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Return of the English Cork Oak PDF Print E-mail
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Written by Dr S Alcock   
Friday, 01 April 2011 01:13

Long thought extinct through disease pressure and natural selection, a rare species of oak has been rediscovered thriving in the wilds of rural Herefordshire.

Cultivation of the original English Cork Oak Quercus suber anglis amphorii was widespread throughout the South West and South Midlands regions of Britain. The acorn-like fruits from these trees were ideal in size and texture to seal the contents of bottles of fermented juices and preserves.

As can be seen from this picture, bottle neck size was designed to fit the stopper, the natural English Cork Oak cork.

Consequently, many glass bottle manufacturers across Europe took their design measurements from this standard. The extensive use of glass bottles to contain beverages such as cider, perry, beer and fermented liquour demanded a high cork output from the foresters of South West England and many acres of virgin land were cleared and planted with Cork trees.

Since the cork harvest was essentially annual, local labour was employed to gather the ripe fruits during the months of September to October. A vast quantity of corks were collected and stored in dry conditions to cure and await bagging up in the Spring for delivery to bottling plants.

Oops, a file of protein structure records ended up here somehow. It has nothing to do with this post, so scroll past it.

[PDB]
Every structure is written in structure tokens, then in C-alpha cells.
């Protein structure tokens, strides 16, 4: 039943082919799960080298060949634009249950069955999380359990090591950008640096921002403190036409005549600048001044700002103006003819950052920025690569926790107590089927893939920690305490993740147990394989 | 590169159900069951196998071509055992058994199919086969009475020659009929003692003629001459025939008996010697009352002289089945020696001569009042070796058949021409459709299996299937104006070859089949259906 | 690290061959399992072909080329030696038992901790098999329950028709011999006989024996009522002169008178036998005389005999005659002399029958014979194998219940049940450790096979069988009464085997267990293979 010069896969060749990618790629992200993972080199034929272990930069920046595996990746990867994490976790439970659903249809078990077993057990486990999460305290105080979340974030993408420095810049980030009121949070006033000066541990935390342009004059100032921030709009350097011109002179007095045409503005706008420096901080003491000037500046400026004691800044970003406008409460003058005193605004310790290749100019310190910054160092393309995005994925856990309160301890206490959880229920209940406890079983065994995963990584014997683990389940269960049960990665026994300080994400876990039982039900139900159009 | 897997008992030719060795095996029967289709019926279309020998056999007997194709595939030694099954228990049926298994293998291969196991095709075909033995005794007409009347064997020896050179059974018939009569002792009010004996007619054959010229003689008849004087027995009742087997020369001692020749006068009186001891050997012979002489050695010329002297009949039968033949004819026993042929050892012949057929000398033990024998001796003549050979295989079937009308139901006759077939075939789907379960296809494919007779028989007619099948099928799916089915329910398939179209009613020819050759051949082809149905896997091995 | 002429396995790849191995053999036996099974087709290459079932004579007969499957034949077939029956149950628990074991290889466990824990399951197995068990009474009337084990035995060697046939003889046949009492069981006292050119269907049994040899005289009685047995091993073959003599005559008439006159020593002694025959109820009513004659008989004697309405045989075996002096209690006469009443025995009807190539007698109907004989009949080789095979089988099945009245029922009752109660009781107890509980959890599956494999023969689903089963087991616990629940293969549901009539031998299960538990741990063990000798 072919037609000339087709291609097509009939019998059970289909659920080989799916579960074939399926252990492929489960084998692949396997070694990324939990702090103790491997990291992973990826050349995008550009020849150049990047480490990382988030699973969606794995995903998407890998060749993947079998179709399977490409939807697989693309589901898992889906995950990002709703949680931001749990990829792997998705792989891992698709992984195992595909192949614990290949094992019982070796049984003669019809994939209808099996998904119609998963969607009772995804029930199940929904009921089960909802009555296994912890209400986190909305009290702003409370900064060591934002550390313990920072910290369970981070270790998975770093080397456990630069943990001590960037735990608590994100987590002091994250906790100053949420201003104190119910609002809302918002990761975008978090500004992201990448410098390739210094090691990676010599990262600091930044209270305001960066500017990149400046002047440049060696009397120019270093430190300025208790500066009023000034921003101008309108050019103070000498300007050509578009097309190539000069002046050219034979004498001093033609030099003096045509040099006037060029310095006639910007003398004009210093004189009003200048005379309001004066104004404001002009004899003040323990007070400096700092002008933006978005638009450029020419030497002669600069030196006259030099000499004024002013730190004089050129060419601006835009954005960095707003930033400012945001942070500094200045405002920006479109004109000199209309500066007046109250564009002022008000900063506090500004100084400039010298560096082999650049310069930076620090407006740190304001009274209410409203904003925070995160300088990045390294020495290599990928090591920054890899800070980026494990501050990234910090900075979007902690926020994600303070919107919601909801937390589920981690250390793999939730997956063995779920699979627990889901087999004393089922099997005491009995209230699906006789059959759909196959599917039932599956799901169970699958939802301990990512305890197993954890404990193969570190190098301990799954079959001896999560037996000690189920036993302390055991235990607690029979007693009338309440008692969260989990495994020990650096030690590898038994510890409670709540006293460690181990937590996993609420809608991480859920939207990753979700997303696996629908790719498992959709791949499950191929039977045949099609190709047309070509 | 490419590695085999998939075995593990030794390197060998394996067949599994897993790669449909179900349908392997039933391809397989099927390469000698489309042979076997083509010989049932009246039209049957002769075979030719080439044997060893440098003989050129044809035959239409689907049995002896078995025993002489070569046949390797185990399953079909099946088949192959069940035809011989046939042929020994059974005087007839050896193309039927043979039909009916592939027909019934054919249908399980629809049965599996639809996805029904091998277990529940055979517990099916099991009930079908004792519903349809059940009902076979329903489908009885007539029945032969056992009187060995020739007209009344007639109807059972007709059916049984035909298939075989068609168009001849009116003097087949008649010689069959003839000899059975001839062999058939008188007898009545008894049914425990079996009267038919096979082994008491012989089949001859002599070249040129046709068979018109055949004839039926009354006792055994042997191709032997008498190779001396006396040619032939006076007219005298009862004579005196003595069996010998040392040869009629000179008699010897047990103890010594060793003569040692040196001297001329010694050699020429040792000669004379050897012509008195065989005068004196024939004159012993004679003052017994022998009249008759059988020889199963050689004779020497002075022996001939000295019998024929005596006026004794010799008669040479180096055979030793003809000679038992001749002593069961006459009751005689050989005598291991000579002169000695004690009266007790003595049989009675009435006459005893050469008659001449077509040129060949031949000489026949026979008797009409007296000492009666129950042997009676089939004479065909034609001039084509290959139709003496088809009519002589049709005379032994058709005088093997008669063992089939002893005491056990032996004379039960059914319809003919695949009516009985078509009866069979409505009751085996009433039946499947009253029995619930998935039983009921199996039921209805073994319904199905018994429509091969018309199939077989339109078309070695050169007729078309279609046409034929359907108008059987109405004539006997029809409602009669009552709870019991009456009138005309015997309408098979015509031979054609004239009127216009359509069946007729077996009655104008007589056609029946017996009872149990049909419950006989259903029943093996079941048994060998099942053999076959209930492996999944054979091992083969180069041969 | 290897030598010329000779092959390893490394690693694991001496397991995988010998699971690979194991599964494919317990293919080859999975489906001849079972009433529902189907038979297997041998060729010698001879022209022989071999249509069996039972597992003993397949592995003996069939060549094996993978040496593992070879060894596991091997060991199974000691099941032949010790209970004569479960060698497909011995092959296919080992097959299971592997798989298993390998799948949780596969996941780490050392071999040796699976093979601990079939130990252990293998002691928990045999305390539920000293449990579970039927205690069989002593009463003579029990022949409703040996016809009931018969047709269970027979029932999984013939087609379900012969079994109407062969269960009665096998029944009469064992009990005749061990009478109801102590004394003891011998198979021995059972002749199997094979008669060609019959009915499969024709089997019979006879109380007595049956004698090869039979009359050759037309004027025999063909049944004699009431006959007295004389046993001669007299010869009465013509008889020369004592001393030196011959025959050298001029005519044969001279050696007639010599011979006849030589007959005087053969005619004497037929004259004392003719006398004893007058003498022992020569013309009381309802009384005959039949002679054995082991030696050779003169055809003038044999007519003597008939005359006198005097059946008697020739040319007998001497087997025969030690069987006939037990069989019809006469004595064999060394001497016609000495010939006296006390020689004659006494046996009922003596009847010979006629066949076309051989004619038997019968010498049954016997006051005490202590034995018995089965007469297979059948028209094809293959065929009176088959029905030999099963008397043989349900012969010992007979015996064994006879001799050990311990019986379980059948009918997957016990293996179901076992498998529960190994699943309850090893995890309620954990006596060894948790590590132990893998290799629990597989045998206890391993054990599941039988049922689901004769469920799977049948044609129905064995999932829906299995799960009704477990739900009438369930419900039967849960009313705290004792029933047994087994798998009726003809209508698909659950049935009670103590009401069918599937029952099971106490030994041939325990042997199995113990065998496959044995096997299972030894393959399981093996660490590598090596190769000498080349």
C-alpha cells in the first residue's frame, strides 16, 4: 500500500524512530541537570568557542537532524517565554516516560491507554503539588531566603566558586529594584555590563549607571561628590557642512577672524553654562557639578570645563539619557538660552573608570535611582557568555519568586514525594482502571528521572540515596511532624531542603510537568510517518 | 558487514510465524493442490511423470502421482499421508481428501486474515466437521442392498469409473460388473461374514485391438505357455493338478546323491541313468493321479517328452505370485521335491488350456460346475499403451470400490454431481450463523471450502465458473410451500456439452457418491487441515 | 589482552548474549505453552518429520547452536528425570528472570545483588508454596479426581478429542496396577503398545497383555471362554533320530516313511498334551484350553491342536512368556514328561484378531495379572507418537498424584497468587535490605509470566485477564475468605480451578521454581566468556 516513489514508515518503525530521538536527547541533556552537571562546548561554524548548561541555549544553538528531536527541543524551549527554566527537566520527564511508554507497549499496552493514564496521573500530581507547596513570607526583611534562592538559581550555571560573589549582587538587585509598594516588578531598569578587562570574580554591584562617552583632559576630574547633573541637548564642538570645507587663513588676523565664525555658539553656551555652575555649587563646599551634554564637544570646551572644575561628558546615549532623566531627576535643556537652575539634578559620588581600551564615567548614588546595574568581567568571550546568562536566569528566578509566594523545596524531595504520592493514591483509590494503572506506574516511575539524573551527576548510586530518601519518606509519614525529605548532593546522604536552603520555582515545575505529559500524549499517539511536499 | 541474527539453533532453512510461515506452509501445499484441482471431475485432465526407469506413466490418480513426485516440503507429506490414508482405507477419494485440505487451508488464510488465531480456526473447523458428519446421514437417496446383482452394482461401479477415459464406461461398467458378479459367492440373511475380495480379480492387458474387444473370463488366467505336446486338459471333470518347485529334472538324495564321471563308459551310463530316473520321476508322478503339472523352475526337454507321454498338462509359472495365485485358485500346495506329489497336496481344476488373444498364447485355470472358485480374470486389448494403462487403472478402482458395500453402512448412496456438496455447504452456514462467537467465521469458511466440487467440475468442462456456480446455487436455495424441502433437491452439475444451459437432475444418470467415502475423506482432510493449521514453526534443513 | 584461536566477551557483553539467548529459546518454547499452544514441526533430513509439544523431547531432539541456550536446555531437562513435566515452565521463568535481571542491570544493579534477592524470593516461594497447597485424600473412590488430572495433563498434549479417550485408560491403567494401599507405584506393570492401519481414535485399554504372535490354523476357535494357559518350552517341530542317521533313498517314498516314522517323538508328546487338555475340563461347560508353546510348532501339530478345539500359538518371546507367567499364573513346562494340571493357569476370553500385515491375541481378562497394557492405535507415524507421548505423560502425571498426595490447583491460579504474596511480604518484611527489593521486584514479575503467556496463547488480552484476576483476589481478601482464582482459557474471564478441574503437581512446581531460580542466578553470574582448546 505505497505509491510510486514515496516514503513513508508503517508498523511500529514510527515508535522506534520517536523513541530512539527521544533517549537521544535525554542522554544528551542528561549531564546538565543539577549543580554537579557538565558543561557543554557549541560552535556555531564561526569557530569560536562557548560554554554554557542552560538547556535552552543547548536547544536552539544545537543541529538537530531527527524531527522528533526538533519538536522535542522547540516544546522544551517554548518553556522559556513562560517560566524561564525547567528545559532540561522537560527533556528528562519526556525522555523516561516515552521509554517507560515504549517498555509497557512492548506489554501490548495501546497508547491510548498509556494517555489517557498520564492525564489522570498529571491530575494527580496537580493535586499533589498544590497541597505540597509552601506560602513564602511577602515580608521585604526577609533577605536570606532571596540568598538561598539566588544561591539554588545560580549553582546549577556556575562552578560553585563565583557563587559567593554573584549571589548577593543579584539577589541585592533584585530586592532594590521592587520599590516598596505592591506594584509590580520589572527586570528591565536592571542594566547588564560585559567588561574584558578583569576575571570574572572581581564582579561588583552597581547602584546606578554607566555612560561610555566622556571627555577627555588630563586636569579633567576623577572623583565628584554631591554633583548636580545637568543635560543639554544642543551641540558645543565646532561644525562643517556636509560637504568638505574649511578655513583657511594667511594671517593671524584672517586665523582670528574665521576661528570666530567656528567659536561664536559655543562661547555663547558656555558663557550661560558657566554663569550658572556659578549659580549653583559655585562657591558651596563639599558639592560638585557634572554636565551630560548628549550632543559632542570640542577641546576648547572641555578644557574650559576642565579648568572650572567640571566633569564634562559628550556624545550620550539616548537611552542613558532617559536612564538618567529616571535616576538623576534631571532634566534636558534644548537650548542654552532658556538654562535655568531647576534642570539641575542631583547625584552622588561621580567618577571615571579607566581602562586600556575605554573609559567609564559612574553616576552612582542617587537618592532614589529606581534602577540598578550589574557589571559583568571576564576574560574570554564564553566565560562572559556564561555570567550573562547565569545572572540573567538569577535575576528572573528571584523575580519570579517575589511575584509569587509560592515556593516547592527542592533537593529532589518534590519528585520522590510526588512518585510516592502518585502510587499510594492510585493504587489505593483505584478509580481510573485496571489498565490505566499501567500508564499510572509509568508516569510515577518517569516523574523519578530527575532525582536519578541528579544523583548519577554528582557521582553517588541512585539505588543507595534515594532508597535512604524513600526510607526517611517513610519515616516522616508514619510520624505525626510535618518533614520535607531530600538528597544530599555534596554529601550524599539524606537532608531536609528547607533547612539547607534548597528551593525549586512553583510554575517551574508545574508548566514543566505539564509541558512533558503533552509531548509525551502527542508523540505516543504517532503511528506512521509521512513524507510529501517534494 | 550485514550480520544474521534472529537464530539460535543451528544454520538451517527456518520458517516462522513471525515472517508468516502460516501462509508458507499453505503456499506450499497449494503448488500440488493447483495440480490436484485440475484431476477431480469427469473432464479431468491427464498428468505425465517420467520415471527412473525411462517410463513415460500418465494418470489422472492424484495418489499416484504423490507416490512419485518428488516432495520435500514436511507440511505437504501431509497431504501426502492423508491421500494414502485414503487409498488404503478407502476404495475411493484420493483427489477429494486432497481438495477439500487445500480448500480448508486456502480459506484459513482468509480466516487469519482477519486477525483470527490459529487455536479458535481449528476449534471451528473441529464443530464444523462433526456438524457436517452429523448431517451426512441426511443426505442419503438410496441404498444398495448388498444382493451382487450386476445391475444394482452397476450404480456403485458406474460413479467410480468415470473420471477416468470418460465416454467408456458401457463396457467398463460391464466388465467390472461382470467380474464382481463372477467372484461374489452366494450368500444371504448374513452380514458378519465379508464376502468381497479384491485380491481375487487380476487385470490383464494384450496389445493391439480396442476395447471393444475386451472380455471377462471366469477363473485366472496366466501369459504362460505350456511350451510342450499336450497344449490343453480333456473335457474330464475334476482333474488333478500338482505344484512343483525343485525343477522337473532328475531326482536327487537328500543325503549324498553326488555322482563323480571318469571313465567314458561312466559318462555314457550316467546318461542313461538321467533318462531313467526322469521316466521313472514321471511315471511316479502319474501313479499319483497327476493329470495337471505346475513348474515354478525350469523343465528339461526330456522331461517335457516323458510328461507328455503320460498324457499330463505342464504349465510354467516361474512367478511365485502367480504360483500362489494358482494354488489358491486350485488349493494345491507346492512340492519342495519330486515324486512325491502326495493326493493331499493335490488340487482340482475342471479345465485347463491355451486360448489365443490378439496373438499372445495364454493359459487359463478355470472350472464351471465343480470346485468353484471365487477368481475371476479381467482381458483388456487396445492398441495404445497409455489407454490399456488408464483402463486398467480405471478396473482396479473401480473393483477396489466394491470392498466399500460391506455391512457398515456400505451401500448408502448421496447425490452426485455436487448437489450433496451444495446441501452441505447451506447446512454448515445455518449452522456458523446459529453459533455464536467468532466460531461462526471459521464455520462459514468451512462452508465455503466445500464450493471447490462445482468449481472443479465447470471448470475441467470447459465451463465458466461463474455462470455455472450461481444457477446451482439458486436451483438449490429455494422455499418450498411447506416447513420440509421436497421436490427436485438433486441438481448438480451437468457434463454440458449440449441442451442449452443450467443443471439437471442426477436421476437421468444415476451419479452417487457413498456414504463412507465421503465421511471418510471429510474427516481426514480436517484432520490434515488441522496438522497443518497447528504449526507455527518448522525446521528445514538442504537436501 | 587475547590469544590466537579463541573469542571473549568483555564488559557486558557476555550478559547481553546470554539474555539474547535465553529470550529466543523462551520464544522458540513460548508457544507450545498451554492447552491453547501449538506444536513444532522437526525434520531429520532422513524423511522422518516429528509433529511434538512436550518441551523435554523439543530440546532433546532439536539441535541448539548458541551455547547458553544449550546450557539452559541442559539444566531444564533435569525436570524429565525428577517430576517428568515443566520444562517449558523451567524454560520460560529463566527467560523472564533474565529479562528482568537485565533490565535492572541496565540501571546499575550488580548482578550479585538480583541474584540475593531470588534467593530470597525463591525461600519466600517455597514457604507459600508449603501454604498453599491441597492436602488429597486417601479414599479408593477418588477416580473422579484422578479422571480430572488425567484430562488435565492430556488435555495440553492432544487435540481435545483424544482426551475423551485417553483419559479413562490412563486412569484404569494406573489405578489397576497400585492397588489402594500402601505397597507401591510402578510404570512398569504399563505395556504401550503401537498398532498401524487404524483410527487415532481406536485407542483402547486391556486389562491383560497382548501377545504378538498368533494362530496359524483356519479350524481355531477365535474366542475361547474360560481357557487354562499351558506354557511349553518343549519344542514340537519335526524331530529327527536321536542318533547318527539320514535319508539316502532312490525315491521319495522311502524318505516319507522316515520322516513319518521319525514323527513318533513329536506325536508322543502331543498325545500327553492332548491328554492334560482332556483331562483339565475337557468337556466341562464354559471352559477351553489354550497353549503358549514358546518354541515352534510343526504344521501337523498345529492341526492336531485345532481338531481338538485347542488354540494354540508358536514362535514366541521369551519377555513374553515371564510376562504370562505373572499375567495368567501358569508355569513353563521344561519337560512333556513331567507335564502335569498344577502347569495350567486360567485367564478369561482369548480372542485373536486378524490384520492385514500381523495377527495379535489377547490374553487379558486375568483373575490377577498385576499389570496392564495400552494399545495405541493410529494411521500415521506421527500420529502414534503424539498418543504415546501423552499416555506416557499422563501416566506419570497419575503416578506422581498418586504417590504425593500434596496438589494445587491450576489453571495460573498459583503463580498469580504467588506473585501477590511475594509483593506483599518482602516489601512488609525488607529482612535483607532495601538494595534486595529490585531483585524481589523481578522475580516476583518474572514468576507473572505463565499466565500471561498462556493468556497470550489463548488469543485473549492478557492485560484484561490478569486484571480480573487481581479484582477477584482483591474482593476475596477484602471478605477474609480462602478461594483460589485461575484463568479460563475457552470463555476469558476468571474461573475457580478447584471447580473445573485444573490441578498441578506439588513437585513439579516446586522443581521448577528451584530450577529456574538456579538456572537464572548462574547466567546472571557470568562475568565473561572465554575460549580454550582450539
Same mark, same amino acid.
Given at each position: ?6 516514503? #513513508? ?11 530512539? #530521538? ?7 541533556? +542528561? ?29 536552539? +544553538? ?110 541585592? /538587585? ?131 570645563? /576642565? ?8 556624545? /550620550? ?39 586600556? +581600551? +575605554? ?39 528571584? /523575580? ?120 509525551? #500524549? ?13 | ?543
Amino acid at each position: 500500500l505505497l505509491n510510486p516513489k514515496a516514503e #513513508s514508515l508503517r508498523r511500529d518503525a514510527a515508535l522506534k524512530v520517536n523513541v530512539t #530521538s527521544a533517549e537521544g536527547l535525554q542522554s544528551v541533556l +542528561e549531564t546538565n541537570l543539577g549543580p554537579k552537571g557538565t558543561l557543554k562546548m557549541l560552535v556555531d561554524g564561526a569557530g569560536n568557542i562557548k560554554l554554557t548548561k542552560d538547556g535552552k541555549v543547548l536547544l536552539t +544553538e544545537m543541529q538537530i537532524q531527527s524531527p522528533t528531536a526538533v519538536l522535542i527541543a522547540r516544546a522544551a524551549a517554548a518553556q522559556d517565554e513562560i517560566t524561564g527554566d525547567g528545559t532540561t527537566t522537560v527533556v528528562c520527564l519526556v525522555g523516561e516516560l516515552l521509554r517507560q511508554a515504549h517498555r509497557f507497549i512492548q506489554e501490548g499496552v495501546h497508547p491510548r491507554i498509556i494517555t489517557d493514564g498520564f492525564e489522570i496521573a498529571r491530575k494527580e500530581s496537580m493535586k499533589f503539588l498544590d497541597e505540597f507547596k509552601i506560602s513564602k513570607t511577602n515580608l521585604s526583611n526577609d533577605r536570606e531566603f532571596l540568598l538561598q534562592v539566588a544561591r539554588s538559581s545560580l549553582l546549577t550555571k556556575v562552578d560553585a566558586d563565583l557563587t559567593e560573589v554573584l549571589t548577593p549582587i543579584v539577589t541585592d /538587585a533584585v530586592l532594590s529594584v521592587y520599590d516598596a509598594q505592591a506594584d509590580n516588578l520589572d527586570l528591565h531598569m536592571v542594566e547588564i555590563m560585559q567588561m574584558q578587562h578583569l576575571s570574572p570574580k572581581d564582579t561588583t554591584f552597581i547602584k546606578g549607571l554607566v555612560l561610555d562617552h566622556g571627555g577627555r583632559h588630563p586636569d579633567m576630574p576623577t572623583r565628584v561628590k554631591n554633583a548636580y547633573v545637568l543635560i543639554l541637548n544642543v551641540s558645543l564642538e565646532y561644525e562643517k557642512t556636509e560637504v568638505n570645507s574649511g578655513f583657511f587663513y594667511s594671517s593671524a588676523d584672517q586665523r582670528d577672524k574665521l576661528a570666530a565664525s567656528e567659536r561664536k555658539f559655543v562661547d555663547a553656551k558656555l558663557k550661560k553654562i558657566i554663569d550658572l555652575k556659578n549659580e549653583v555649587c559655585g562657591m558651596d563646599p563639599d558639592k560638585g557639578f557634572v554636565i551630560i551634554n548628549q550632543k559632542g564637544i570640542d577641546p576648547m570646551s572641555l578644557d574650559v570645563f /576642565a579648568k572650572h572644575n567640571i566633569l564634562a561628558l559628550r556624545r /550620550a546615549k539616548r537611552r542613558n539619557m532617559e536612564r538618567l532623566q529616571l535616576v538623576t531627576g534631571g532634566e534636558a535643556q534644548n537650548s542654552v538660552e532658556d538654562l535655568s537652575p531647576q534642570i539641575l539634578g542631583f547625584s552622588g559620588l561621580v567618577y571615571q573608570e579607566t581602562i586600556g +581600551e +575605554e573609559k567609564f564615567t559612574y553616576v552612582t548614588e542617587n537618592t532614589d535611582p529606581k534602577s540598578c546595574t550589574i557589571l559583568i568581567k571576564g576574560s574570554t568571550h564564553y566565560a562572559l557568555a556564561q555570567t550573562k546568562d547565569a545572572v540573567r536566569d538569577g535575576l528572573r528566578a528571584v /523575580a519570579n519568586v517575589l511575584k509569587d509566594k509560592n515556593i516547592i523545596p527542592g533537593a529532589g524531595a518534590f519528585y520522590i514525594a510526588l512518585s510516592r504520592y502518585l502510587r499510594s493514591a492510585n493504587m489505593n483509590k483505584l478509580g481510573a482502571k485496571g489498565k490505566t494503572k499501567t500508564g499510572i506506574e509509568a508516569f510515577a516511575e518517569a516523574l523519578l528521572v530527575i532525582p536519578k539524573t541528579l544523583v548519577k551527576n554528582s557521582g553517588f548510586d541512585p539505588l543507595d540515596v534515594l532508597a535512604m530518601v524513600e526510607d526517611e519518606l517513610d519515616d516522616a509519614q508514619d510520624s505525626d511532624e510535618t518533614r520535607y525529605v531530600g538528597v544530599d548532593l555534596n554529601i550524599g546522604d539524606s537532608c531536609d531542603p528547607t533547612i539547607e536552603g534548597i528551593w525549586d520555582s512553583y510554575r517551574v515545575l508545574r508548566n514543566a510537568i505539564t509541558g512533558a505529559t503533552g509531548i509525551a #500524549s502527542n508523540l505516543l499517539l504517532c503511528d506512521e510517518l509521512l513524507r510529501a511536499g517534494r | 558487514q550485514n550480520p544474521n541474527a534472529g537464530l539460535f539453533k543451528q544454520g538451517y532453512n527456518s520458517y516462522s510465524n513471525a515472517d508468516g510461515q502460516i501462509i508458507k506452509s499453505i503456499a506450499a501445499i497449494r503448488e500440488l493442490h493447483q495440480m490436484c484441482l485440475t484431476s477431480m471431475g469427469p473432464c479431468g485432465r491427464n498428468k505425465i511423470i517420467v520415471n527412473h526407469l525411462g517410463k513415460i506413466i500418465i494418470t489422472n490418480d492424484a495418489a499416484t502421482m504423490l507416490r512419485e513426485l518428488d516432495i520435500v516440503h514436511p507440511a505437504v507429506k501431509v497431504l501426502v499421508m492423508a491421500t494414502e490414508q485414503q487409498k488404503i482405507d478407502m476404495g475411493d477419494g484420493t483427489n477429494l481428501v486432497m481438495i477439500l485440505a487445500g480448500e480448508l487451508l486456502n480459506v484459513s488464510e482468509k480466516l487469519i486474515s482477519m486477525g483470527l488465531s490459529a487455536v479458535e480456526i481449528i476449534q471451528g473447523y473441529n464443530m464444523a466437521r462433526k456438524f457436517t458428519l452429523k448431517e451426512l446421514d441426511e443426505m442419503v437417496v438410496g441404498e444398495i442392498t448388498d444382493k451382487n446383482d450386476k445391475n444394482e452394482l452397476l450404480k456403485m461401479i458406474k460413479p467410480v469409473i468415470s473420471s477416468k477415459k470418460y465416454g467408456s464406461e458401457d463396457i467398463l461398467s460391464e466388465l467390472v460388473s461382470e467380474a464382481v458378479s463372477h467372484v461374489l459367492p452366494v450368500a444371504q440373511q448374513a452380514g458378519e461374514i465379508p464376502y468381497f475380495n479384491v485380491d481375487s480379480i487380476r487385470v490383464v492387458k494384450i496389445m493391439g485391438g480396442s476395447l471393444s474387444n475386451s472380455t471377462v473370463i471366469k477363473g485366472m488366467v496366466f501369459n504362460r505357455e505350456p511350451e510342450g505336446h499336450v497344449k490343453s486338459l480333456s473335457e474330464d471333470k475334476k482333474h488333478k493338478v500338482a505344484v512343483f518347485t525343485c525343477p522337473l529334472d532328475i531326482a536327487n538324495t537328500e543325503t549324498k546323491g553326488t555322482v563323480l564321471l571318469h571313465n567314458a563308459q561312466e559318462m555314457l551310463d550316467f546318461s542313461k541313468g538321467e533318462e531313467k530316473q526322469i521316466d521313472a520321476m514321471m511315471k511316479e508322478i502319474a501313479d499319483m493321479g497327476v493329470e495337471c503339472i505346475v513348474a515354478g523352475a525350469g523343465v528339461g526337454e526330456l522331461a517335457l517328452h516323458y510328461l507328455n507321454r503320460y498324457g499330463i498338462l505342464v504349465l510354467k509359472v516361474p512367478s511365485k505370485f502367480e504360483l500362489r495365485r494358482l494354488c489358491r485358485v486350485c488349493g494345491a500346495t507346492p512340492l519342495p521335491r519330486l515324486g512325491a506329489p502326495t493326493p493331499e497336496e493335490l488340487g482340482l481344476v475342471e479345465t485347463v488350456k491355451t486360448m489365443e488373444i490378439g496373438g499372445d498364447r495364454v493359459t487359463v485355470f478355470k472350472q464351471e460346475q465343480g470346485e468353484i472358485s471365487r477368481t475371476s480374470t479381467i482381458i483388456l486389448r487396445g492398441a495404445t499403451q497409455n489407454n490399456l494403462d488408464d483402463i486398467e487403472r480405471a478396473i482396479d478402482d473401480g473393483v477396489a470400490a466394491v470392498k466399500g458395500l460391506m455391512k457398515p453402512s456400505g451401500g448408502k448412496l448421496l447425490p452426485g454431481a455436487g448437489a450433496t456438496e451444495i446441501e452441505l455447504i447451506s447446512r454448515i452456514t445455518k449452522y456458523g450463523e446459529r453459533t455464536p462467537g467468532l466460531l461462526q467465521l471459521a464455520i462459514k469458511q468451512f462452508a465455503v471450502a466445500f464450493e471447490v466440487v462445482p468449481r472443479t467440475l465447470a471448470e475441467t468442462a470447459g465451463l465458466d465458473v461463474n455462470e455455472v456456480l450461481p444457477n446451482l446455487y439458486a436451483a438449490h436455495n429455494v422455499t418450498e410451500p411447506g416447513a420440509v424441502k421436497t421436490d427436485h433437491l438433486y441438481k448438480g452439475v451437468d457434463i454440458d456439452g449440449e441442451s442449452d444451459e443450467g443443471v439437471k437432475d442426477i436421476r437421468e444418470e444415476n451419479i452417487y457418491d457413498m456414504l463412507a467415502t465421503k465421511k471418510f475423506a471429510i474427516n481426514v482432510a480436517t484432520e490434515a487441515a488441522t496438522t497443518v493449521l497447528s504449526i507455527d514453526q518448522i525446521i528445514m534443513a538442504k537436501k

English Oak corks were in high demand across Europe for Spring bottling of the previous season's harvest. Top quality European drink suppliers required the excellence and eminence that English corks added to their product.

Unfortunately, during the period 1845-57 a combination of weather conditions and  Phytophthora infestans which led to the great potato blight in Ireland and Phytophthora ramorum "Sudden oak death", (both present day pathogens) wiped out the indigenous Quercus suber anglis amphorii.

Demand exceeded supply and so inferior cork substitutes taken from the bark of the "Cork Oak"Quercus suber, grown in Mediterranean climes have been used since this time to seal bottle necks. Is this why there are no more English Cork Oaks?

Local naturalist Theresa Gonn reports:

“A young lady in the pub showed me a picture of a tree. I went to investigate and lo and behold it looked exactly the same as drawings of the long extinct English Cork Oak I had seen in the British Museum. I’m afraid I’m not at liberty to tell you the location of this very rare find”.

When interviewed, the finder Ms Cherry Freelydunn, 17, said:

"We discovered in lovely woodland a tree we had not seen before. It had the strangest dangly fruits of ever, ever. I took a snap of it on my iPhone and showed it to a lady in the pub. Am I on telly?"

 

Last Updated on Friday, 01 April 2011 11:33